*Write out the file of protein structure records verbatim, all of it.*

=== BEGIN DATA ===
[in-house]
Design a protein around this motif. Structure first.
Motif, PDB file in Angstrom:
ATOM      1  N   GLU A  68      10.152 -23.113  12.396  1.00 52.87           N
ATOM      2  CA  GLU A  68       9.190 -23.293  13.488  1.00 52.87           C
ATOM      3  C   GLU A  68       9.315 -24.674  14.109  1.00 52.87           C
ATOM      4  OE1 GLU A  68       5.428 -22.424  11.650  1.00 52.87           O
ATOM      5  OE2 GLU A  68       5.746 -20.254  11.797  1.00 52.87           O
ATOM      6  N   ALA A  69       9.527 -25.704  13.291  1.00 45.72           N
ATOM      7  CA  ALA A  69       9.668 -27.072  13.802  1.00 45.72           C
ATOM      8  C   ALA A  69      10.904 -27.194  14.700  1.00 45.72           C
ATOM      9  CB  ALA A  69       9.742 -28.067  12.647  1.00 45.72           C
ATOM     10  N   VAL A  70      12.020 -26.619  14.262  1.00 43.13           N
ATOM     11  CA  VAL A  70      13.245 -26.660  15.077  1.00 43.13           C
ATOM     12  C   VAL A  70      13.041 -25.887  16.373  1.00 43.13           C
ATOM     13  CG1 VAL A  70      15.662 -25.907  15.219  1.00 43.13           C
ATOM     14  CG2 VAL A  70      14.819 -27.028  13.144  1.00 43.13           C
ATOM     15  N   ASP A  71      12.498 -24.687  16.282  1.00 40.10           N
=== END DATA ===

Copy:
[in-house]
Design a protein around this motif. Structure first.
Motif, PDB file in Angstrom:
ATOM      1  N   GLU A  68      10.152 -23.113  12.396  1.00 52.87           N
ATOM      2  CA  GLU A  68       9.190 -23.293  13.488  1.00 52.87           C
ATOM      3  C   GLU A  68       9.315 -24.674  14.109  1.00 52.87           C
ATOM      4  OE1 GLU A  68       5.428 -22.424  11.650  1.00 52.87           O
ATOM      5  OE2 GLU A  68       5.746 -20.254  11.797  1.00 52.87           O
ATOM      6  N   ALA A  69       9.527 -25.704  13.291  1.00 45.72           N
ATOM      7  CA  ALA A  69       9.668 -27.072  13.802  1.00 45.72           C
ATOM      8  C   ALA A  69      10.904 -27.194  14.700  1.00 45.72           C
ATOM      9  CB  ALA A  69       9.742 -28.067  12.647  1.00 45.72           C
ATOM     10  N   VAL A  70      12.020 -26.619  14.262  1.00 43.13           N
ATOM     11  CA  VAL A  70      13.245 -26.660  15.077  1.00 43.13           C
ATOM     12  C   VAL A  70      13.041 -25.887  16.373  1.00 43.13           C
ATOM     13  CG1 VAL A  70      15.662 -25.907  15.219  1.00 43.13           C
ATOM     14  CG2 VAL A  70      14.819 -27.028  13.144  1.00 43.13           C
ATOM     15  N   ASP A  71      12.498 -24.687  16.282  1.00 40.10           N